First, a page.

Nature uses few words:
when the gale blows, it will not last long;
when it rains hard, it lasts but a little while;
What causes these to happen? Heaven and Earth.

Why do we humans go on endlessly about little
when nature does much in a little time?
If you open yourself to the Tao,
you and Tao become one.
If you open yourself to Virtue,
then you can become virtuous.
If you open yourself to loss,
then you will become lost.

If you open yourself to the Tao,
the Tao will eagerly welcome you.
If you open yourself to virtue,
virtue will become a part of you.
If you open yourself to loss,
the lost are glad to see you.

"When you do not trust people,
people will become trustworthy."



~ Lao Tzu
from the Tao Te Ching, 23
translation by j.h. mcdonald




the kingdom






At times
the heart
stands back
and looks at the body,
looks at the mind,
as a lion
quietly looks
at the not-quite-itself,
not-quite-another,
moving of shadows and grass.

Wary, but with interest,
considers its kingdom.

Then seeing
all that will be,
heart once again enters -- 
enters hunger, enters sorrow,
enters finally losing it all.
To know, if nothing else,
what it once owned.







~ Jane Hirshfield
from The October Palace





Thursday, December 22, 2011

the ninth elegy





Why, if this interval of being can be spent serenely
in the form of a laurel, slightly darker than all
other green, with tiny waves on the edges
of every leaf (like the smile of a breeze)–: why then
have to be human–and, escaping from fate,
keep longing for fate? . . .

Oh not because happiness exists,
that too-hasty profit snatched from approaching loss.
Not out of curiosity, not as practice for the heart, which
would exist in the laurel too. . . . .

But because truly being here is so much; because everything here
apparently needs us, this fleeting world, which in some strange way
keeps calling to us. Us, the most fleeting of all.
Once for each thing. Just once; no more. And we too,
just once. And never again. But to have been
this once, completely, even if only once:
to have been one with the earth, seems beyond undoing.

And so we keep pressing on, trying to achieve it,
trying to hold it firmly in our simple hands,
in our overcrowded gaze, in our speechless heart.
Trying to become it.–Whom can we give it to? We would
hold on to it all, forever . . . Ah, but what can we take along
into that other realm? Not the art of looking,
which is learned so slowly, and nothing that happened here. Nothing.
The sufferings, then. And above all, the heaviness,
and the long experience of love,– just what is wholly
unsayable. But later, among the stars,
what good is it – they are better as they are: unsayable.
For when the traveler returns from the mountain-slopes into the valley,
he brings, not a handful of earth, unsayable to others, but instead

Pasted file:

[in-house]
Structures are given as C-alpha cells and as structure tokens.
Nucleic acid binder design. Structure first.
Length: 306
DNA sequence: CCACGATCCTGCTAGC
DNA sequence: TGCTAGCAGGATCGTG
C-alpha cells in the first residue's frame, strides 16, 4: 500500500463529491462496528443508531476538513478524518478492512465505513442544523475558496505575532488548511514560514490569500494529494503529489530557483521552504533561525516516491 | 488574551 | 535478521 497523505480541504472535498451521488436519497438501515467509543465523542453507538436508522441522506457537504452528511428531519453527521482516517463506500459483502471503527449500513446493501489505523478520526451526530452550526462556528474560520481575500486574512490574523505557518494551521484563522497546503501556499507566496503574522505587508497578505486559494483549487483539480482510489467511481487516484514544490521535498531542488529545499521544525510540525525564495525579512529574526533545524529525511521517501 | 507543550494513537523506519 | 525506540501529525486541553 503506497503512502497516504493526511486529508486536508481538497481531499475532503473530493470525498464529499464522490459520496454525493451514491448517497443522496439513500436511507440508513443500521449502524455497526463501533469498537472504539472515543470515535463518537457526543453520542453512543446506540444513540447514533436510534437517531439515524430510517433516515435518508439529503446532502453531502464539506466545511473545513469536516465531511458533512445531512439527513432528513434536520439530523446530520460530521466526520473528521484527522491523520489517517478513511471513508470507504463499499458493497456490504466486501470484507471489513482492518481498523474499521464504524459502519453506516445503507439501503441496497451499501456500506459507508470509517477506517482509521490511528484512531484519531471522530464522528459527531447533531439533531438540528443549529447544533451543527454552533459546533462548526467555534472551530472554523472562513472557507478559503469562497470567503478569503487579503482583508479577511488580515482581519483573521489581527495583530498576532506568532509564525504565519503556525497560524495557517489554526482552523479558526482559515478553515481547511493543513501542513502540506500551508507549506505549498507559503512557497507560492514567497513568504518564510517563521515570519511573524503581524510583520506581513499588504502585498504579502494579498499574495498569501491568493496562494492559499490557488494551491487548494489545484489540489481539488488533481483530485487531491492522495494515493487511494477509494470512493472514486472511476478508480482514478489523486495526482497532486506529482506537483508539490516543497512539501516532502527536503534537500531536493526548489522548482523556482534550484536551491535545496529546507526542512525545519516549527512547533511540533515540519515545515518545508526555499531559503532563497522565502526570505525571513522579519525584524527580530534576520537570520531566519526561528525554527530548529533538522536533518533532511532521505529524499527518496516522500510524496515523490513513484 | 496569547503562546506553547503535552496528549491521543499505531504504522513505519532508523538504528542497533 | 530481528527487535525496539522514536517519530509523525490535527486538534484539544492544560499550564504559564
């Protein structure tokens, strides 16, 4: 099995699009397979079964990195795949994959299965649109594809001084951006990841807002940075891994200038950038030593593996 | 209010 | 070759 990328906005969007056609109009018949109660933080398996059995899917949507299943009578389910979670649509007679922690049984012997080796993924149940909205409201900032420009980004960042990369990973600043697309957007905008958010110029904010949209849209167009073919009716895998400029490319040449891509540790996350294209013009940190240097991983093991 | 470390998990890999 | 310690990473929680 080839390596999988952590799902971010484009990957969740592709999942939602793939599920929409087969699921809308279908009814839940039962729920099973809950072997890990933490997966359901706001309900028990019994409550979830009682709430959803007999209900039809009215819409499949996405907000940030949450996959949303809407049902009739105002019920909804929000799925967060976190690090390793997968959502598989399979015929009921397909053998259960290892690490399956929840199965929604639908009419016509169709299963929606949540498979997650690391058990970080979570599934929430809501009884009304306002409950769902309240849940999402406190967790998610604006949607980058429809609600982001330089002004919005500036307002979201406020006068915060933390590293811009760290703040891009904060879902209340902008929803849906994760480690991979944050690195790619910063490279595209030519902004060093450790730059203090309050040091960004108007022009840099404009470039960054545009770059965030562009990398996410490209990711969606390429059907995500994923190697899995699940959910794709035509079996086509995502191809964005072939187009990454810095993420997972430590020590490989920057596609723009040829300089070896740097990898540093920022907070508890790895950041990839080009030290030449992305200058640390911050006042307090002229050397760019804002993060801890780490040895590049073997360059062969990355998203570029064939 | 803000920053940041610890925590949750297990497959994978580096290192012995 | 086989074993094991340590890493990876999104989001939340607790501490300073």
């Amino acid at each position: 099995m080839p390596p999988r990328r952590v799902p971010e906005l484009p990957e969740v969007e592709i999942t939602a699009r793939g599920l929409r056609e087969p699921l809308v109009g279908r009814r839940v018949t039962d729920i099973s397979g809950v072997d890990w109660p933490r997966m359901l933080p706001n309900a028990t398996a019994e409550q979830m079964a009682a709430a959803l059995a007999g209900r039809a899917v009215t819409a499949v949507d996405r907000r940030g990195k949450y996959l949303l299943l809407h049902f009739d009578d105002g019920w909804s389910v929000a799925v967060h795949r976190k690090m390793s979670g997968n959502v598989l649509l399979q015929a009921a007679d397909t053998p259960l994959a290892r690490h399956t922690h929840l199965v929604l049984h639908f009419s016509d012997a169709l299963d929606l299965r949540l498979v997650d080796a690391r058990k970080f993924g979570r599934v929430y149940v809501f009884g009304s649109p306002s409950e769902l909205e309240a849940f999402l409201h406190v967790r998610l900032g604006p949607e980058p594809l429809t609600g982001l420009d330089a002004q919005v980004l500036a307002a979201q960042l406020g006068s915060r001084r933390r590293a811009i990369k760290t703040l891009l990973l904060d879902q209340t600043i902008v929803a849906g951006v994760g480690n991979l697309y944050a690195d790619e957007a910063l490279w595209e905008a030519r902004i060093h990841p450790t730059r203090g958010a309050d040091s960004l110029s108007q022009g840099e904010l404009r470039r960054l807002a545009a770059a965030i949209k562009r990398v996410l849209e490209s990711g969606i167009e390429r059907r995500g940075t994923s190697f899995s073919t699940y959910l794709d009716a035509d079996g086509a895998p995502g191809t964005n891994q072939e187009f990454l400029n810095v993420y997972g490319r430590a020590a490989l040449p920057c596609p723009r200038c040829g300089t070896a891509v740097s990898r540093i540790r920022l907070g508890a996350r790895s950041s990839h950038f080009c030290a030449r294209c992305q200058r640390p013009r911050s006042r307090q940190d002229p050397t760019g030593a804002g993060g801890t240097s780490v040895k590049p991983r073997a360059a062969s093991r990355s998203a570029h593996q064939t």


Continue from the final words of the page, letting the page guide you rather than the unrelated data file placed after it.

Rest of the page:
some word he has gained, some pure word, the yellow and blue
gentian. Perhaps we are here in order to say: house,
bridge, fountain, gate, pitcher, fruit-tree, window–
at most: column, tower. . . . But to say them, you must understand,
oh to say them more intensely than the Things themselves
ever dreamed of existing. Isn't the secret intent
of this taciturn earth, when it forces lovers together,
that inside their boundless emotion all things may shudder with joy?
Threshold: what it means for two lovers
to be wearing down, imperceptibly, the ancient threshold of their door–
they too, after the many who came before them
and before those to come. . . . ., lightly.

Here is the time for the sayable, here is its homeland.
Speak and bear witness. More than ever
the Things that we might experience are vanishing, for
what crowds them out and replaces them is an imageless act.
An act under a shell, which easily cracks open as soon as
the business inside outgrows it and seeks new limits.
Between the hammers our heart
endures, just as the tongue does
between the teeth and, despite that,
still is able to praise.

Praise this world to the angel, not the unsayable one,
you can’t impress him with glorious emotion; in the universe
where he feels more powerfully, you are a novice. So show him
something simple which, formed over generations,
lives as our own, near our hand and within our gaze.
Tell him of Things. He will stand astonished; as you stood
by the ropemaker in Rome or the potter along the Nile.
Show him how happy a Thing can be, how innocent and ours,
how even lamenting grief purely decides to take form,
serves as a Thing, or dies into a Thing–, and blissfully
escapes far beyond the violin.–And these Things,
which live by perishing, know you are praising them; transient,
they look to us for deliverance: us, the most transient of all.
They want us to change them, utterly, in our invisible heart,
within–oh endlessly–within us! Whoever we may be at last.

Earth, isn't this what you want: to arise within us,
invisible? Isn't it your dream
to be wholly invisible someday?–O Earth: invisible!
What, if not transformation, is your urgent command?
Earth, my dearest, I will. Oh believe me, you no longer